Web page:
The differential regulation of Smad7 in kidney tubule cells by connective tissue growth factor and transforming growth factor-beta1

Authors

  • WEIER QI,

    1. Kolling Institute, Department of Medicine, Royal North Shore Hospital and University of Sydney,
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    • *

      Dr Weier Qi and Dr Xinming Chen equally contributed to this work.

  • XINMING CHEN,

    1. Kolling Institute, Department of Medicine, Royal North Shore Hospital and University of Sydney,
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    • *

      Dr Weier Qi and Dr Xinming Chen equally contributed to this work.

  • STEPHEN TWIGG,

    1. Department of Medicine, University of Sydney, and
    2. Royal Prince Alfred Hospital, Sydney, New South Wales,
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  • YUAN ZHANG,

    1. Department of Medicine, University of Melbourne, St Vincent's Hospital, Melbourne, Victoria, Australia; and
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  • RICHARD E GILBERT,

    1. Department of Medicine, University of Melbourne, St Vincent's Hospital, Melbourne, Victoria, Australia; and
    2. Department Medicine, University of Toronto, St. Michael's Hospital, Toronto, Ontario, Canada
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  • DARREN J KELLY,

    1. Department of Medicine, University of Melbourne, St Vincent's Hospital, Melbourne, Victoria, Australia; and
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  • CAROL A POLLOCK

    Corresponding author
    1. Kolling Institute, Department of Medicine, Royal North Shore Hospital and University of Sydney,
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Professor Carol A Pollock, Department of Medicine, Level 3, Wallace Freeborn Professorial Block, Royal North Shore Hospital, St Leonards, NSW 2065, Australia. Email: carpol@med.usyd.edu.au

Summary:

Aims:  Smad7 is an inhibitory Smad that regulates transforming growth factor-β (TGF-β) signaling. Connective tissue growth factor (CTGF) is recognized as a potent downstream mediator of the fibrogenic effects of TGF-β1. SMAD binding sites have been identified in both TGF-β and CTGF promoters. The effect of CTGF on Smad7 expression and its role in the regulation of Smad7 induced by TGF-β1 in renal tubular cells is unknown.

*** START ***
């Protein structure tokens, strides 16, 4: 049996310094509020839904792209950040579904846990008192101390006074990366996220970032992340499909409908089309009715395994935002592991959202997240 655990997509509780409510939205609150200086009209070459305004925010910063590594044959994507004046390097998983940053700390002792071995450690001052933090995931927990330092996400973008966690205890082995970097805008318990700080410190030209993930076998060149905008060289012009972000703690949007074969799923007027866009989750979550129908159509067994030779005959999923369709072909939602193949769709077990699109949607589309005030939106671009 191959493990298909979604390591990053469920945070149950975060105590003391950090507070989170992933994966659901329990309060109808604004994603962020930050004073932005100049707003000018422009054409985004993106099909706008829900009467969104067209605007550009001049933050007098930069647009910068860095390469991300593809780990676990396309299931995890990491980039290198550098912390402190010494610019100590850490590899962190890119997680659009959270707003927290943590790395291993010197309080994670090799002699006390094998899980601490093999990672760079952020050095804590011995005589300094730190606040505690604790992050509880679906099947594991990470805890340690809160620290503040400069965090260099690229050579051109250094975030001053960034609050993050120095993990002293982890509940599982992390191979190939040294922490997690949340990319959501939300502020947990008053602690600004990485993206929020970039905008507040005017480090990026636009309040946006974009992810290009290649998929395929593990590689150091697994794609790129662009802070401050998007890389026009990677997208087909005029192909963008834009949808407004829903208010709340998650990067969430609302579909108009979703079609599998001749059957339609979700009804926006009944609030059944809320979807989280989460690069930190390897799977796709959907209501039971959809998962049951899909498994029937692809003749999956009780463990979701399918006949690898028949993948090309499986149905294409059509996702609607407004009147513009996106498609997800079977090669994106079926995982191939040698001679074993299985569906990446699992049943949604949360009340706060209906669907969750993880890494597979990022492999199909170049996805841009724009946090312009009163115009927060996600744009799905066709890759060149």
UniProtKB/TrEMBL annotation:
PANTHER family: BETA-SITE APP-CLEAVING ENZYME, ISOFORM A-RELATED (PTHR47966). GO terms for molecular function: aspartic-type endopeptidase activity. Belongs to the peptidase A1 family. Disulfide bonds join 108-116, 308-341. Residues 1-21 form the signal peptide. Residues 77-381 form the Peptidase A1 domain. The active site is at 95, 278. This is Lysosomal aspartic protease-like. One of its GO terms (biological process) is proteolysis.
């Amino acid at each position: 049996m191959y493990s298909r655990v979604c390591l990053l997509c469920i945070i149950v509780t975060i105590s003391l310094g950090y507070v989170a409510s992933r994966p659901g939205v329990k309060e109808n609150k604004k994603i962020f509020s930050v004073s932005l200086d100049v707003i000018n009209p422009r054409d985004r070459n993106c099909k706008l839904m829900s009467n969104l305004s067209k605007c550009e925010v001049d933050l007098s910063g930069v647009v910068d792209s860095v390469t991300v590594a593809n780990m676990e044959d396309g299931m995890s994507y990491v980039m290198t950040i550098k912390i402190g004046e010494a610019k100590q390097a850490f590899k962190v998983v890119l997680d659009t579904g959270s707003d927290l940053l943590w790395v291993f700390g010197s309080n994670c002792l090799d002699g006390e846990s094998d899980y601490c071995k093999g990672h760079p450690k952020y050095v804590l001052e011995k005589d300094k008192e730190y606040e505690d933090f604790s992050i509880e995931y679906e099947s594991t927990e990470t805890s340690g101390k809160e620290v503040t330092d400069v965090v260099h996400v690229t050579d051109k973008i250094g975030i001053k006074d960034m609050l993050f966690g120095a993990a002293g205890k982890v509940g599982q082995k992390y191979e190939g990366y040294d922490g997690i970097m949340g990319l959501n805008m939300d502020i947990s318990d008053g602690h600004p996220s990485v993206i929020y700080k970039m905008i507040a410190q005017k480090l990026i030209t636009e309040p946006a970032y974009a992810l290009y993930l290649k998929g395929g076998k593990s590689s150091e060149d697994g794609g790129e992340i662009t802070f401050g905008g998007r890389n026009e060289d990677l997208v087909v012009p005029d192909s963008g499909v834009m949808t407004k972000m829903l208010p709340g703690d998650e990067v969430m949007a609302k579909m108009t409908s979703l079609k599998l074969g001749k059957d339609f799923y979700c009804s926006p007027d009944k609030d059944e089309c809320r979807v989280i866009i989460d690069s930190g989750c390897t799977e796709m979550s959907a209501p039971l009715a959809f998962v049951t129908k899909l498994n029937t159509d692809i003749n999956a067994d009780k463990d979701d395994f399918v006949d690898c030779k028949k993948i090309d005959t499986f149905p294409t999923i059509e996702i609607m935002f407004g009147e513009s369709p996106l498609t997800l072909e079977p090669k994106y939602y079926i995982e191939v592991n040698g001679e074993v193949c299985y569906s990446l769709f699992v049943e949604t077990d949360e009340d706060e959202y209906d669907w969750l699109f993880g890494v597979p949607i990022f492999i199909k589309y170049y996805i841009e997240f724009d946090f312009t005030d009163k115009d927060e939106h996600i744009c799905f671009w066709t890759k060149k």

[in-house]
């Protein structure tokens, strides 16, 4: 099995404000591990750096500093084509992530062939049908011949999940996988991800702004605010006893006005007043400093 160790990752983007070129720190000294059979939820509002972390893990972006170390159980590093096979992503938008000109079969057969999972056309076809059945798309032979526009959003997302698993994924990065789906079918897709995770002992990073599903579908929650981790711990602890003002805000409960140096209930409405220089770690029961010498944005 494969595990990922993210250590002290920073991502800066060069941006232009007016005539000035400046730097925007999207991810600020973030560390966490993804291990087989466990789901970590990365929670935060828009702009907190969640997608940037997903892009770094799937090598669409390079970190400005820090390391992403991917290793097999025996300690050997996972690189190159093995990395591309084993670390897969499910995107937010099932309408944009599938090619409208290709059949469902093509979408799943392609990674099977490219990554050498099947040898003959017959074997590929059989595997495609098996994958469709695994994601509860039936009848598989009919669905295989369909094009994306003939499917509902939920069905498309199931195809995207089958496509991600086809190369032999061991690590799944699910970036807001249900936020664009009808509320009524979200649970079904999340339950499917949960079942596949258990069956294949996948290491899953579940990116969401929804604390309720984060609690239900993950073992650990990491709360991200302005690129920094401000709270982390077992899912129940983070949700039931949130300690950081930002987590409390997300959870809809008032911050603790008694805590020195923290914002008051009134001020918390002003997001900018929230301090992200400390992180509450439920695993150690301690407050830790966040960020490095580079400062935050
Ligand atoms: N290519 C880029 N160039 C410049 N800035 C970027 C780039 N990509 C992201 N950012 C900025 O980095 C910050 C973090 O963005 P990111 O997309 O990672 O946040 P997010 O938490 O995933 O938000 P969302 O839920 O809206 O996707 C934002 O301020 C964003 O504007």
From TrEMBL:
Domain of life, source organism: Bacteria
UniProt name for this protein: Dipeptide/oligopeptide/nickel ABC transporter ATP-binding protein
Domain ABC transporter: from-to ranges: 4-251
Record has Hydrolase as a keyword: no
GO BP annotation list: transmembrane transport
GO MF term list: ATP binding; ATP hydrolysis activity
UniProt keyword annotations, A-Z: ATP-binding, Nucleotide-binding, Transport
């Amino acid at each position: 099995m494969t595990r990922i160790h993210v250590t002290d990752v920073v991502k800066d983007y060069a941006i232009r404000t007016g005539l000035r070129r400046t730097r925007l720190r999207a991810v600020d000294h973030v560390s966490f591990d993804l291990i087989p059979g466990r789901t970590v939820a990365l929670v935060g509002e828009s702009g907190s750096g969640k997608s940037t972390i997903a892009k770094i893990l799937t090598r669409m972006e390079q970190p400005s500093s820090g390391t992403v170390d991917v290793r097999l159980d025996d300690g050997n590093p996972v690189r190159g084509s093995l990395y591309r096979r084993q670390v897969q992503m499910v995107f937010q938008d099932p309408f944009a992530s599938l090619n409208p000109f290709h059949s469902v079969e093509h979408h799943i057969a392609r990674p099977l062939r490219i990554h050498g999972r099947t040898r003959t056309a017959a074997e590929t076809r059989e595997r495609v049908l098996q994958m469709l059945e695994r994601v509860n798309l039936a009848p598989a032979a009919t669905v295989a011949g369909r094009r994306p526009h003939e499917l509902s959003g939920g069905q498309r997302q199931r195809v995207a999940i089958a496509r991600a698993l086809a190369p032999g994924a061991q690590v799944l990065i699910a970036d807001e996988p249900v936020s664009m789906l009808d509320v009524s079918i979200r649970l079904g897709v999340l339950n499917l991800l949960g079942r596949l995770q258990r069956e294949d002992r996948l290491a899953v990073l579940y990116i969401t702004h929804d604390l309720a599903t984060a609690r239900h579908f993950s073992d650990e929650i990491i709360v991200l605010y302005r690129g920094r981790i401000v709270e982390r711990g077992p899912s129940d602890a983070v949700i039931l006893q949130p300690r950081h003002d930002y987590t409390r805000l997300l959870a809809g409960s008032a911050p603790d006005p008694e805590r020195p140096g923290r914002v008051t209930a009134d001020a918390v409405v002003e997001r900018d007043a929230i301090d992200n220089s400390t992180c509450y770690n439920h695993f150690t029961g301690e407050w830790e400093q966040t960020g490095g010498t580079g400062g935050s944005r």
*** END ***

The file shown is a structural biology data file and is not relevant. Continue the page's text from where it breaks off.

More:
Methods:  Human model of proximal tubular cells (HK-2 cells) was used and confirmed using a diabetic rat model. RT-PCR was performed to measure Smad7, TGF-β1 and Smad2 and ELISA was performed to measure active TGF-β1. CTGF or TGF-β1 was silenced in HK-2 cells using siRNA methodology.

Results:  TGF-β1 induced Smad7 in a time-dependent manner, peaking at 30 min (P < 0.0005) but sustained up to 24 hrs (p < 0.005). Conversely, CTGF reduced Smad7, which was maximal at 24 hrs (p < 0.05). This was supported by our in vivo data demonstrating that CTGF protein significantly increased while Smad7 mRNA level was reduced in a diabetic rat model. The basal expression level of Smad7 decreased in TGF-β1 silenced cells compared to cells transfected with non-specific siRNA (p < 0.0005). The basal expression level of Smad7 increased in CTGF silenced cells (p < 0.05), which was increased by TGF-β1 (p < 0.005). Both mRNA and protein levels of TGF-β1 decreased in CTGF silenced cells (p < 0.05 and p < 0.005 respectively) accompanied by reduction in Smad2 mRNA level in CTGF silenced cells.

Conclusions:  Smad7 is induced rapidly by TGF-β1 limiting the response to TGF-β1. CTGF likely plays a key role in promoting TGF-β1 activity by decreasing the availability of Smad7 and increasing Smad2.

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